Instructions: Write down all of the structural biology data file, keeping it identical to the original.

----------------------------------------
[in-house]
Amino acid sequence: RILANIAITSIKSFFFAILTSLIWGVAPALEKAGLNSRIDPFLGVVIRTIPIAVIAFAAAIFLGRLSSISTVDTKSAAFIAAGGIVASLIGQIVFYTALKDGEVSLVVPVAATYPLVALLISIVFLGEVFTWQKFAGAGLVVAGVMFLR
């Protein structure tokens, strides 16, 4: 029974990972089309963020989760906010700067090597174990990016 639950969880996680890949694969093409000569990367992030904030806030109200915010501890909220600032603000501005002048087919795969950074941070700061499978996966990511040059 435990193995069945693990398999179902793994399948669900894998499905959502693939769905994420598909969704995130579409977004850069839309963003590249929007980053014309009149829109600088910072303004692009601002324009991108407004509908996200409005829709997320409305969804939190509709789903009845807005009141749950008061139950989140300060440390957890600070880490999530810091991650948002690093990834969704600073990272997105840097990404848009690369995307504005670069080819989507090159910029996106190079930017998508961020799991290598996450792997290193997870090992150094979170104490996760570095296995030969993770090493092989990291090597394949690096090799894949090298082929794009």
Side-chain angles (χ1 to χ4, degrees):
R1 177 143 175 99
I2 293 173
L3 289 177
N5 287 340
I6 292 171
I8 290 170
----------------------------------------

[in-house]
Amino acid sequence: RILANIAITSIKSFFFAILTSLIWGVAPALEKAGLNSRIDPFLGVVIRTIPIAVIAFAAAIFLGRLSSISTVDTKSAAFIAAGGIVASLIGQIVFYTALKDGEVSLVVPVAATYPLVALLISIVFLGEVFTWQKFAGAGLVVAGVMFLR
């Protein structure tokens, strides 16, 4: 029974990972089309963020989760906010700067090597174990990016 639950969880996680890949694969093409000569990367992030904030806030109200915010501890909220600032603000501005002048087919795969950074941070700061499978996966990511040059 435990193995069945693990398999179902793994399948669900894998499905959502693939769905994420598909969704995130579409977004850069839309963003590249929007980053014309009149829109600088910072303004692009601002324009991108407004509908996200409005829709997320409305969804939190509709789903009845807005009141749950008061139950989140300060440390957890600070880490999530810091991650948002690093990834969704600073990272997105840097990404848009690369995307504005670069080819989507090159910029996106190079930017998508961020799991290598996450792997290193997870090992150094979170104490996760570095296995030969993770090493092989990291090597394949690096090799894949090298082929794009």
Side-chain angles (χ1 to χ4, degrees):
R1 177 143 175 99
I2 293 173
L3 289 177
N5 287 340
I6 292 171
I8 290 170